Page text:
, Volume 121, Issue 1, pp 479–501 | Cite as

Comparison of the share of documents and citations from different quartile journals in 25 research areas

  • Ruben MirandaEmail author
  • Esther Garcia-Carpintero


The total number of publications and/or the share of total publications in a given quartile, usually first quartile (Q1), is increasingly used in performance-based funding of public research. However, the quality significance of publishing in Q1 journals is very different depending on the research areas. Both the expected probability to publish in Q1 journals, given by the number of papers published in each quartile, as well as the average citations received by Q1 publications compared to other quartiles, is largely dependent on the research area. This study analyzes the share of articles published in each quartile in the 25 largest research areas indexed by Science Citation Index-Expanded (Web of Science) and their main citation characteristics aiming to enrich the discussion about journal-based evaluation systems and specifically the number and/or the share of publications in Q1. It was found that the average share of documents published in Q1 was 45.7% (38.4% for articles and reviews), varying from 25.4 to 85.6% (from 17.1 to 88.9% for articles and reviews) depending on the area. Q1 publications were cited, on average, 2.07 times more than Q2 publications (2.41 times for articles plus reviews), however, depending on the area, this ratio varied from 0.9 to 6.1 (from 1.7 to 5.4 times for articles plus reviews). Q1 (total publications or articles plus reviews), received, on average, 65% of total citations of the research area, but again this value varied from 46 to 98% depending on the area.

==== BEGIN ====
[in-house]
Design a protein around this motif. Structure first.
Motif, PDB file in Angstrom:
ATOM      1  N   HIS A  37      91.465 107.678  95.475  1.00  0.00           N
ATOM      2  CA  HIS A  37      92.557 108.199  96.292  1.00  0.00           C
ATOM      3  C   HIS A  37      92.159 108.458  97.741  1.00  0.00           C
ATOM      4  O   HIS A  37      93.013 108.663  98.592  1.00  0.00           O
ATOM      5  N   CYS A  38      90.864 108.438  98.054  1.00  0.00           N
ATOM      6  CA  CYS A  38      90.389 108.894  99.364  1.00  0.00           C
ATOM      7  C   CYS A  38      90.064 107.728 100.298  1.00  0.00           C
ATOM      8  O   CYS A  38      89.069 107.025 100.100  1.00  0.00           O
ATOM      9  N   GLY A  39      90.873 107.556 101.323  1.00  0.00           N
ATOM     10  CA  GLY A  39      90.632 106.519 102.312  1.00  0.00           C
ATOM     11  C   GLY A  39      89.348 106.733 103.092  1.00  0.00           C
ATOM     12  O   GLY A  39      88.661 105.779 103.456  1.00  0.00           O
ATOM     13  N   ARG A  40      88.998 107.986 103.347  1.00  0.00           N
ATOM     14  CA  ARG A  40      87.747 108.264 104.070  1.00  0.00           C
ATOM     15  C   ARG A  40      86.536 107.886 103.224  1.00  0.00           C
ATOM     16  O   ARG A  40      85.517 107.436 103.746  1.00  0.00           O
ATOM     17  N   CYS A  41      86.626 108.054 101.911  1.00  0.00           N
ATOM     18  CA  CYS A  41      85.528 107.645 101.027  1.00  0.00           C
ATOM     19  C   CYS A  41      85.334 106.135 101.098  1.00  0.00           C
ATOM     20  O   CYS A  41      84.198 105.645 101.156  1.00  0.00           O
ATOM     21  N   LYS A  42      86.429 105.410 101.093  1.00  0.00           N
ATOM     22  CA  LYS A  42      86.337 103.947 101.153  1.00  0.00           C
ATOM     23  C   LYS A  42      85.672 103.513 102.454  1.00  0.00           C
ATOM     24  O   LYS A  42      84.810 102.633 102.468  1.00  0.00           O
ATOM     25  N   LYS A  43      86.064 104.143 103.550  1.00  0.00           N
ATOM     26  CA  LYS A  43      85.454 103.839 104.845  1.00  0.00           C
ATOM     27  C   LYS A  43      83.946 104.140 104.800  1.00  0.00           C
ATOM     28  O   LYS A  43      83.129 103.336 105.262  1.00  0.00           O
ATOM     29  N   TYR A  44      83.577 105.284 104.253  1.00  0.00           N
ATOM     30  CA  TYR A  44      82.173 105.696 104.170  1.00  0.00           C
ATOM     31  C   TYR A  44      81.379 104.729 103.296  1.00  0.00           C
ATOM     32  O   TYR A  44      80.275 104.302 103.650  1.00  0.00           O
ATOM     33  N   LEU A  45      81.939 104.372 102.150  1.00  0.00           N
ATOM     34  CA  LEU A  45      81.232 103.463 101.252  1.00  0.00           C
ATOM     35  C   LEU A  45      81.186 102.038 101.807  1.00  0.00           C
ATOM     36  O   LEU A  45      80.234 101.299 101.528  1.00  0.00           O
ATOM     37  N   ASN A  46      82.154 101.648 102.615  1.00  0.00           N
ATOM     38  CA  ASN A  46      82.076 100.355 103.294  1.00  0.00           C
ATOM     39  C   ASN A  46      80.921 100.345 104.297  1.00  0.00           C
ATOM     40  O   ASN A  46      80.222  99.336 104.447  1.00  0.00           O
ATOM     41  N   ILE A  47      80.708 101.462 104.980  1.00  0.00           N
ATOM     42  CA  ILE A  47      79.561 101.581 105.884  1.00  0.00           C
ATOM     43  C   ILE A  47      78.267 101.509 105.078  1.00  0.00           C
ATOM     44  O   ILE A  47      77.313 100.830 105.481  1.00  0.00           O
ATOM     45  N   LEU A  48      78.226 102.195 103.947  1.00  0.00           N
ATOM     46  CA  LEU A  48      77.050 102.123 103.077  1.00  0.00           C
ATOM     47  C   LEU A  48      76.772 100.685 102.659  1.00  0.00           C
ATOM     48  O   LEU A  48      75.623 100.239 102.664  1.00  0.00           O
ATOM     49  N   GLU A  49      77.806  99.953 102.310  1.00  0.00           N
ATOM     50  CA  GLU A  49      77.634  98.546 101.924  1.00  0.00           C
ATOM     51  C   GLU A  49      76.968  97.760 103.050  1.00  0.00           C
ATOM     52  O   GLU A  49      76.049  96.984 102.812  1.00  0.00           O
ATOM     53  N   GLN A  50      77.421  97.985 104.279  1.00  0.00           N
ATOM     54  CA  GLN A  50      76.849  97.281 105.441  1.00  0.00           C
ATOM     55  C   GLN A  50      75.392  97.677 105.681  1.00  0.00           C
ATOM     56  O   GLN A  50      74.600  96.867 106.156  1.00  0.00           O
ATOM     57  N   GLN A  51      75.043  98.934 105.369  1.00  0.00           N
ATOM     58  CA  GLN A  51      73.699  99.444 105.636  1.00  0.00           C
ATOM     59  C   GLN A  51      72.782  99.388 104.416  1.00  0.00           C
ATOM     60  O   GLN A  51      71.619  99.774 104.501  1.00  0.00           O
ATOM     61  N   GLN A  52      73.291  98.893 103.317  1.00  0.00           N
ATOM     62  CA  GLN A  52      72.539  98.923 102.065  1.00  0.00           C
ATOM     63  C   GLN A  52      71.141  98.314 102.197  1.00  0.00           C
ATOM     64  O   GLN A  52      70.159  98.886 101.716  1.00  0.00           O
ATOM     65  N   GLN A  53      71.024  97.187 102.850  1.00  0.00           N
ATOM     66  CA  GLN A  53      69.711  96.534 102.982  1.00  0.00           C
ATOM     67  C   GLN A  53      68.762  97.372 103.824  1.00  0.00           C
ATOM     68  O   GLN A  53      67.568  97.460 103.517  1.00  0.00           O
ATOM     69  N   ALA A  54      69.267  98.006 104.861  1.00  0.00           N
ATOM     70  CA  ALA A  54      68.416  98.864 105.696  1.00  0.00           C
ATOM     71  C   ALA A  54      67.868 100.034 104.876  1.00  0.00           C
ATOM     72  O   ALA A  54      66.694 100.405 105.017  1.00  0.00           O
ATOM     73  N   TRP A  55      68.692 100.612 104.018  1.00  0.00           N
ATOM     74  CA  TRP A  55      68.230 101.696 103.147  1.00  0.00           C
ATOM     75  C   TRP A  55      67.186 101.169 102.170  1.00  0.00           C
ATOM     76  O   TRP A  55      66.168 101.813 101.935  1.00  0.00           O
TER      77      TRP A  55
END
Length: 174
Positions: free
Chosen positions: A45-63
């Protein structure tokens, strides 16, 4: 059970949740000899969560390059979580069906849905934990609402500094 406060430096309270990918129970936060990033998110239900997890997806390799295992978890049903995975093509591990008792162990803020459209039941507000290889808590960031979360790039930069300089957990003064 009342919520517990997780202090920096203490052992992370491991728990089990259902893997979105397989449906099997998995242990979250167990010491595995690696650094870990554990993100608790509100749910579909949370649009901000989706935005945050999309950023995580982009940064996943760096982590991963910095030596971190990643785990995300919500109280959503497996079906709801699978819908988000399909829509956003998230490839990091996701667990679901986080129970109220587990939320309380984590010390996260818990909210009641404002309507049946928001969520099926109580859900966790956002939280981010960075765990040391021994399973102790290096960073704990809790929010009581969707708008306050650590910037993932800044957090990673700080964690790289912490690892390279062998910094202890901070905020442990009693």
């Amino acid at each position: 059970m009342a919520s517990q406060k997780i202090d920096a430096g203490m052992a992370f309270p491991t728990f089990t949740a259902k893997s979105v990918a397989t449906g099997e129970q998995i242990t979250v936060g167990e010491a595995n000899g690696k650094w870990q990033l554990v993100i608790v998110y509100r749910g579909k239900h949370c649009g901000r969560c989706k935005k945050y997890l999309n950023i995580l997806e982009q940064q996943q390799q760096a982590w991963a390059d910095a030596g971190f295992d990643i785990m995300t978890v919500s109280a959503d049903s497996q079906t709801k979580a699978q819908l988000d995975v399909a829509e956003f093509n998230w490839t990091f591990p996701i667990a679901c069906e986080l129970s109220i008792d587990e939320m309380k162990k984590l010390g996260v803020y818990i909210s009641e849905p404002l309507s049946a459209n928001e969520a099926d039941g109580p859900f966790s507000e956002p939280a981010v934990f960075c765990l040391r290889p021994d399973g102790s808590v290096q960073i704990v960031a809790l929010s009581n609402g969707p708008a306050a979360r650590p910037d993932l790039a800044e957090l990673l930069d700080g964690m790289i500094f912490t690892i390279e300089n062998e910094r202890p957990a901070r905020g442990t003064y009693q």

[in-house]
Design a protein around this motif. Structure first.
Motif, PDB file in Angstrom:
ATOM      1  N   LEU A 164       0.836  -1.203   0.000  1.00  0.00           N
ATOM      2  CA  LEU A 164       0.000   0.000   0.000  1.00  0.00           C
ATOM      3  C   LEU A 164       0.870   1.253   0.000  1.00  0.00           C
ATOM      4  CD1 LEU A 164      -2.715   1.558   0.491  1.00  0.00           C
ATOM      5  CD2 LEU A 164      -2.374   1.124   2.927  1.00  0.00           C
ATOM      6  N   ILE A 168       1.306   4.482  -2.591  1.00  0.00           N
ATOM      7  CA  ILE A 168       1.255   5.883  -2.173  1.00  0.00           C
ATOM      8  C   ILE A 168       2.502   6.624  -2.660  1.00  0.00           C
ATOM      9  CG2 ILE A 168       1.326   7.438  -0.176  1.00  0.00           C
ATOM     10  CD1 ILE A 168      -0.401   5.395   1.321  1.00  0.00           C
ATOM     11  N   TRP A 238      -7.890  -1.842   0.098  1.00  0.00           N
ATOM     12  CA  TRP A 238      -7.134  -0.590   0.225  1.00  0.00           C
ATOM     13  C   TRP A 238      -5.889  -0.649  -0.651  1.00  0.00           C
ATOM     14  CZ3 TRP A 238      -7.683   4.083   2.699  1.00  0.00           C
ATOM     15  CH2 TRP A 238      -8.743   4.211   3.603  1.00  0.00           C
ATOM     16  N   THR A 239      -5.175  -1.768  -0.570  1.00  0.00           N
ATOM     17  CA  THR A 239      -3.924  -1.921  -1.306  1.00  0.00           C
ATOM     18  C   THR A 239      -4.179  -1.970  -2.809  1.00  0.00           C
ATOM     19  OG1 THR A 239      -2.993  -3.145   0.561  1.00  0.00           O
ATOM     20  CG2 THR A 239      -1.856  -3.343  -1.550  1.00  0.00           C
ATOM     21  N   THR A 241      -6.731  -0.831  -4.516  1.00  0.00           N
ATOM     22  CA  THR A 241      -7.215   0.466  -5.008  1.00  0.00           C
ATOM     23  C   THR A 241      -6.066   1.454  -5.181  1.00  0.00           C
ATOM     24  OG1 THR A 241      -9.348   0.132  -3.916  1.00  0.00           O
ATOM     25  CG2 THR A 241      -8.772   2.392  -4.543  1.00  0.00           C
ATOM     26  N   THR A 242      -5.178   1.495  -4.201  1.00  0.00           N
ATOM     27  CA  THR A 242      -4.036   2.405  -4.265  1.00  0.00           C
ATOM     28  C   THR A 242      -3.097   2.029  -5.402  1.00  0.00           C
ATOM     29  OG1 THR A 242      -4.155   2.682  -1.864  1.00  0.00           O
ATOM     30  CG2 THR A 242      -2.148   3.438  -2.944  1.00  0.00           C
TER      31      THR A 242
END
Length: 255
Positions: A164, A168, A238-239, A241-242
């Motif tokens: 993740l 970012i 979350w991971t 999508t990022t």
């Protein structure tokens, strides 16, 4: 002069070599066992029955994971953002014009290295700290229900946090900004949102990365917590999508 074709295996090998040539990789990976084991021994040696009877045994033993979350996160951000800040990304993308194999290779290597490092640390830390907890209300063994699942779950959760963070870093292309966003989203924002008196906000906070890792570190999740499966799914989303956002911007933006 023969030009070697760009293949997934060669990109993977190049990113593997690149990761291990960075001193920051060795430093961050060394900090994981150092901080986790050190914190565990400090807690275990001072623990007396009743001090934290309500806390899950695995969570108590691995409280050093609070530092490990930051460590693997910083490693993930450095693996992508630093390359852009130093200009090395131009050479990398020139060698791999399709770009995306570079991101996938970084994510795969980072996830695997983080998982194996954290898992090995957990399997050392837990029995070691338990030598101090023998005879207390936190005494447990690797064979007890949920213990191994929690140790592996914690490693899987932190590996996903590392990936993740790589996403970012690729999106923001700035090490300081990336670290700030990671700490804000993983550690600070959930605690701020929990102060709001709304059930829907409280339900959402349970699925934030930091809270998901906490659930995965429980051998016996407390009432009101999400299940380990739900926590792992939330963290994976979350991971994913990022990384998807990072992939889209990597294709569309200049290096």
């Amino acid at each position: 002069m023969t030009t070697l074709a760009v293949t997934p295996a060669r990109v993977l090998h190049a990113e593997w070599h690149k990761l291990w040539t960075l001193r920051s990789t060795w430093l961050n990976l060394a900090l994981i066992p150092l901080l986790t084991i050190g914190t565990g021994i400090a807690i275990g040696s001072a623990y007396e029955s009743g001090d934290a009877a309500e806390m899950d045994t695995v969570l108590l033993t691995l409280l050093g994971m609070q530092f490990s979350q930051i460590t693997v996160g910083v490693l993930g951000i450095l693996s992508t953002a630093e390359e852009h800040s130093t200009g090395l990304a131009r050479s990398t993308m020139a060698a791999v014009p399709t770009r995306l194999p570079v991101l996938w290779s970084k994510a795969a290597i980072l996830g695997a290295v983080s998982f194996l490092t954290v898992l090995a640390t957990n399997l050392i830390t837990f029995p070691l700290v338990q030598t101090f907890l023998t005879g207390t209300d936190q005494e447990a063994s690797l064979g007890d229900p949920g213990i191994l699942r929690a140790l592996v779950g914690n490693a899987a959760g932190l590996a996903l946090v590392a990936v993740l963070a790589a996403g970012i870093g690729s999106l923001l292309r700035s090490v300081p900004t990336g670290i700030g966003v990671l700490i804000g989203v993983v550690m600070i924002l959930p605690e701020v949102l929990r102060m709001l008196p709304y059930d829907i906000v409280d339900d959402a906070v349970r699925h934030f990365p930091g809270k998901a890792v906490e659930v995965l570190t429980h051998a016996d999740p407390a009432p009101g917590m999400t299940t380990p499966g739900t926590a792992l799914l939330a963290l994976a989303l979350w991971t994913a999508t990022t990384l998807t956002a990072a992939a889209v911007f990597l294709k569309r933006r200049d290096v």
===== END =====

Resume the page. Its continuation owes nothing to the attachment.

Journals quartiles Impact factor Citations Uncitedness Research areas 


  1. Bornmann, L., de Moya Anegón, F., & Mutz, R. (2013). Do universities or research institutions with a specific subject profile have an advantage or a disadvantage in institutional rankings? A latent class analysis with data from the SCImago ranking. Journal of the American Society for Information Science and Technology, 64(11), 2310–2316.CrossRefGoogle Scholar
  2. Bornmann, L., & Marx, W. (2014). How to evaluate individual researchers working in the natural and life sciences meaningfully? A proposal of methods based on percentiles of citations. Scientometrics, 98(1), 487–509.CrossRefGoogle Scholar
  3. Bornmann, L., & Williams, R. (2017). Can the journal impact factor be used as a criterion for the selection of junior researchers? A large-scale empirical study based on ResearcherID data. Journal of Informetrics, 11(3), 788–799.CrossRefGoogle Scholar
  4. Brito, R., & Rodríguez-Navarro, A. (2019). Evaluating research and researchers by the journal impact factor: Is it better than coin flipping? Journal of Informetrics, 13(1), 314–324.CrossRefGoogle Scholar
  5. Campanario, J. M., & Cabos, W. (2014). The effect of additional citations in the stability of Journal Citation Report categories. Scientometrics, 98(2), 1113–1130.CrossRefGoogle Scholar
  6. Chinchilla-Rodríguez, Z., Zacca-González, G., Vargas-Quesada, B., & de Moya-Anegón, F. (2016). Benchmarking scientific performance by decomposing leadership of Cuban and Latin American institutions in Public Health. Scientometrics, 106(3), 1239–1264.CrossRefGoogle Scholar
  7. Elizee, P. K., Ghassab, R. K., Raoofi, A., & Miri, S. M. (2012). The more publication, the higher impact factor: Citation analysis of top nine gastroenterology and hepatology journals. Hepatitis Monthly, 12(12), e8467.Google Scholar